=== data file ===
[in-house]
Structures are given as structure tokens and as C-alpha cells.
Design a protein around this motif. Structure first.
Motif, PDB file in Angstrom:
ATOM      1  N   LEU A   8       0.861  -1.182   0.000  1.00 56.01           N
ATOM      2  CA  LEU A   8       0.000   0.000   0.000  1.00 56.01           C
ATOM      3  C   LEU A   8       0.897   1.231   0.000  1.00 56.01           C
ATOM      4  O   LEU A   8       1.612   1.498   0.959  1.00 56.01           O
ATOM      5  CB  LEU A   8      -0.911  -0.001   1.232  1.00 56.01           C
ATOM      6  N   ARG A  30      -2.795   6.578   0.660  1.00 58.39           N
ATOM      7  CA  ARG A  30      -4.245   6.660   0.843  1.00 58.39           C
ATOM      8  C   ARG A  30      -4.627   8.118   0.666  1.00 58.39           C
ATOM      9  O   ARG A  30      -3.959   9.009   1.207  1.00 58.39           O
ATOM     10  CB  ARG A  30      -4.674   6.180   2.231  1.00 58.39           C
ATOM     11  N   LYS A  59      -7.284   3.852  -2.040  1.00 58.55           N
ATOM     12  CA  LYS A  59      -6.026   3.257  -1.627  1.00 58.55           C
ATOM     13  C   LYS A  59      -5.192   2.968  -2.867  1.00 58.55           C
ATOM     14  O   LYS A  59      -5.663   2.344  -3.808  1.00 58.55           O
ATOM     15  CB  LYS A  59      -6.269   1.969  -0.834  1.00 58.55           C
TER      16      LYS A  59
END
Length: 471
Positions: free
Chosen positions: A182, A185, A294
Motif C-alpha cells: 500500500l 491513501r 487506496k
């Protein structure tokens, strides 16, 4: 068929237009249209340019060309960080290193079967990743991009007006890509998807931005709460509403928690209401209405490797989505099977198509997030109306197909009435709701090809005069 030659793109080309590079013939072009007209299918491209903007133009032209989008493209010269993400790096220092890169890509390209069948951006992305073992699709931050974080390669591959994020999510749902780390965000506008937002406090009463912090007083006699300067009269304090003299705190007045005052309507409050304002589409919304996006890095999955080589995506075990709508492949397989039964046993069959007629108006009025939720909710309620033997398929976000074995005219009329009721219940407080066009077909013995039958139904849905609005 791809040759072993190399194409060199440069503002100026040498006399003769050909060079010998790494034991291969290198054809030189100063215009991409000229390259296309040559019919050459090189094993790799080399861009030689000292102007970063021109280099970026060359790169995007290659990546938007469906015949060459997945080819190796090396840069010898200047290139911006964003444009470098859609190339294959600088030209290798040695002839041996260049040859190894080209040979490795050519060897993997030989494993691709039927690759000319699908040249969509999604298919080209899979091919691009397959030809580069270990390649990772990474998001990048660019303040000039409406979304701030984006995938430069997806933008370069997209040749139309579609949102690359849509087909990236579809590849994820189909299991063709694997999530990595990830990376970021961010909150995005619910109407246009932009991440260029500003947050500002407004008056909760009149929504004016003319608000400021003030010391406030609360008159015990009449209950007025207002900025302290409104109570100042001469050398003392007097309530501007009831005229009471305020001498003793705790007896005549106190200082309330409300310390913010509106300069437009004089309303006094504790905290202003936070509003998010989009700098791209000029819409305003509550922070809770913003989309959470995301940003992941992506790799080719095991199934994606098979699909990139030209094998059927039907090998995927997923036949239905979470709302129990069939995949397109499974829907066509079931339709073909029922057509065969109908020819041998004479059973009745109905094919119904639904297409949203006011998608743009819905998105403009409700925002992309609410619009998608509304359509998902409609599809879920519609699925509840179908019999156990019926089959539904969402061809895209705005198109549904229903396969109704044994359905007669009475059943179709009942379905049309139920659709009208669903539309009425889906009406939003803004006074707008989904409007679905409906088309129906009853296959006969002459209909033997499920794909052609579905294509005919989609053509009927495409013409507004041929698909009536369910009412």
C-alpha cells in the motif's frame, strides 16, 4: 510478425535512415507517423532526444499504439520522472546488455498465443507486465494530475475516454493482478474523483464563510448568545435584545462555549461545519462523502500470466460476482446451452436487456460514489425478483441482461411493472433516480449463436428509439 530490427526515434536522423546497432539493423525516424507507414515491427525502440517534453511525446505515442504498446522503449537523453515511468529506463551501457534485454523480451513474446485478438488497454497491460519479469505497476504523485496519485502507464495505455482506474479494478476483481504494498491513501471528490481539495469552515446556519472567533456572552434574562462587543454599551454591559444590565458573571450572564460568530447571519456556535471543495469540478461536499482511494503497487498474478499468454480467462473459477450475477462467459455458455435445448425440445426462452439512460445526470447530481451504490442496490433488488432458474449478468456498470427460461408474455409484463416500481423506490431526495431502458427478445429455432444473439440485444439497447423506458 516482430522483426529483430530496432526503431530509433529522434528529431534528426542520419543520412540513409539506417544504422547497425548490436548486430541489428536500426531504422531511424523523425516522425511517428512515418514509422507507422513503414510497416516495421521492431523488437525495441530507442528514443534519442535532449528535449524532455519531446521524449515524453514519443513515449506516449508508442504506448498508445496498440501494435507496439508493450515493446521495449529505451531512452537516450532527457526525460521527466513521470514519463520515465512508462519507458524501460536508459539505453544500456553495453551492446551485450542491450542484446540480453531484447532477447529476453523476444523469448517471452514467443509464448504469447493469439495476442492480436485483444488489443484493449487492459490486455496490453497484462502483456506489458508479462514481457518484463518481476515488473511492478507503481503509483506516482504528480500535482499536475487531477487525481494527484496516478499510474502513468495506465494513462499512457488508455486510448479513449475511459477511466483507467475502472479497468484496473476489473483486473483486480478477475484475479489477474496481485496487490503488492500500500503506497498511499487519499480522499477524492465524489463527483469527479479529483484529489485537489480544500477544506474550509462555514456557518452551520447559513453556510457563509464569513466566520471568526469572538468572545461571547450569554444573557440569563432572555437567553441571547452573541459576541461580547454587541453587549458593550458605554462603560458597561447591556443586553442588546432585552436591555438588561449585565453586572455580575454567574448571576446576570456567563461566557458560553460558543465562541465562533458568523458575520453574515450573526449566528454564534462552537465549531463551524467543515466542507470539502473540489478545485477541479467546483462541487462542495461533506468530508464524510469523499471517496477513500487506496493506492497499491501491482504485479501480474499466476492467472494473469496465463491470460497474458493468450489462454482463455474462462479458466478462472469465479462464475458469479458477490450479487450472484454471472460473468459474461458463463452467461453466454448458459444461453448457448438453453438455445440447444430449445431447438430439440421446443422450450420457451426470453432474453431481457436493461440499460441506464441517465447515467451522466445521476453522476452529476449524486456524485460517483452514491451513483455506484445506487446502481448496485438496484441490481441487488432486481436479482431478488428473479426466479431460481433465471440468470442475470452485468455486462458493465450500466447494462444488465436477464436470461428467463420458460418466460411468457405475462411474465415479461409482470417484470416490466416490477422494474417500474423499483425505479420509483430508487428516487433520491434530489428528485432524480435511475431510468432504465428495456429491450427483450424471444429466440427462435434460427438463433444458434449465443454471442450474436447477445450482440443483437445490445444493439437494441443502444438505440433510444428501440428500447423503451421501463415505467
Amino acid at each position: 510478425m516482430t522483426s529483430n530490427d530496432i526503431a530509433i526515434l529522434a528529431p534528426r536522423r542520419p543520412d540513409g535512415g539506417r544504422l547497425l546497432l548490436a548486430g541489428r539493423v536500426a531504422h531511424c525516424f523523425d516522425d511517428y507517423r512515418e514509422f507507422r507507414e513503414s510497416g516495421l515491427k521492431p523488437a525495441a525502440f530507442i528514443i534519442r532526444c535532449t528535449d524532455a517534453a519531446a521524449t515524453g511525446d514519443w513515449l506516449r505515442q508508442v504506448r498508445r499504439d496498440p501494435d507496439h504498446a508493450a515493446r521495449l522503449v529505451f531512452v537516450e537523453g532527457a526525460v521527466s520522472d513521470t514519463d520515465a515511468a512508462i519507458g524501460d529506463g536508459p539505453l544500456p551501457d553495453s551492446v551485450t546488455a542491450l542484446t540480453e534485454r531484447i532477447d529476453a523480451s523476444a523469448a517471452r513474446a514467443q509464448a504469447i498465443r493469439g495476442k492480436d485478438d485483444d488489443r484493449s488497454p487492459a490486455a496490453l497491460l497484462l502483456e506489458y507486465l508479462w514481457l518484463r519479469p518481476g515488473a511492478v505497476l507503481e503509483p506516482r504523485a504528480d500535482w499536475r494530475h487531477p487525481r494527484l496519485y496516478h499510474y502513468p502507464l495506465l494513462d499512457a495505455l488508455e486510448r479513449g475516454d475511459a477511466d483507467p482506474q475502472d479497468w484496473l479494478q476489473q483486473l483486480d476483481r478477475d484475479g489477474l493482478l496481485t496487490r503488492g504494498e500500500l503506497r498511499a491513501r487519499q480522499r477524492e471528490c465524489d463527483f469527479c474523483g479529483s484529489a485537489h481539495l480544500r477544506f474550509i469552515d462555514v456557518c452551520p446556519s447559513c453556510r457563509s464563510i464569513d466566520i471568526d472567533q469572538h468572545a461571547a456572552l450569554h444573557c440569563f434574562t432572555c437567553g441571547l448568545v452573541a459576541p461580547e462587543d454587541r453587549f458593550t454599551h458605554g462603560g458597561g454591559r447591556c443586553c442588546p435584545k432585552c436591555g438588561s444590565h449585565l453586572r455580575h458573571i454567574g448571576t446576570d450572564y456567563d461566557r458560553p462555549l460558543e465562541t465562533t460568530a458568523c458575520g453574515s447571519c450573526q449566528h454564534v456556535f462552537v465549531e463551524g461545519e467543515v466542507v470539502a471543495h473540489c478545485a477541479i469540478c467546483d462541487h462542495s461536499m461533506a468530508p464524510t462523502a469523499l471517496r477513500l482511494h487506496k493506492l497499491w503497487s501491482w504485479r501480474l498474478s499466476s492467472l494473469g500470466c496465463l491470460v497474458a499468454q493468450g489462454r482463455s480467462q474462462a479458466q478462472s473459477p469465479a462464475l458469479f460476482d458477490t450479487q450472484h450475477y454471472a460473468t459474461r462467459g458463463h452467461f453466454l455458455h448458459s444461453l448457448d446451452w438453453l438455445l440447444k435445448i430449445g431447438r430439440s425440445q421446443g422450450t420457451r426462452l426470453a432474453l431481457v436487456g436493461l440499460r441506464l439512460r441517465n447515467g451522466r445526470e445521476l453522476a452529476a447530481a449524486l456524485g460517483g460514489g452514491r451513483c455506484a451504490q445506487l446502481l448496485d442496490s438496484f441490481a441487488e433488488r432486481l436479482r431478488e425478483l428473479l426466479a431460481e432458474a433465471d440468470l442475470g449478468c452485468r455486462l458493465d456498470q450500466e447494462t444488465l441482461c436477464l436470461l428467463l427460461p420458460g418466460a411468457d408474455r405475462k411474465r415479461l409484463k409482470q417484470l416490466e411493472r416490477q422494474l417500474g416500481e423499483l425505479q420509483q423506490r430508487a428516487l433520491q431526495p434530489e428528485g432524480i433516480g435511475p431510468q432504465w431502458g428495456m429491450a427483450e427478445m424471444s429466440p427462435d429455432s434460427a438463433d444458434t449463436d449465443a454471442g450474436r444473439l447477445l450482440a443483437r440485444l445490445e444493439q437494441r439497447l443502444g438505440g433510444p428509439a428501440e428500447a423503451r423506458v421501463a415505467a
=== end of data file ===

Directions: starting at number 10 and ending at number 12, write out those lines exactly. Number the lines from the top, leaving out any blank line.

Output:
ATOM      6  N   ARG A  30      -2.795   6.578   0.660  1.00 58.39           N
ATOM      7  CA  ARG A  30      -4.245   6.660   0.843  1.00 58.39           C
ATOM      8  C   ARG A  30      -4.627   8.118   0.666  1.00 58.39           C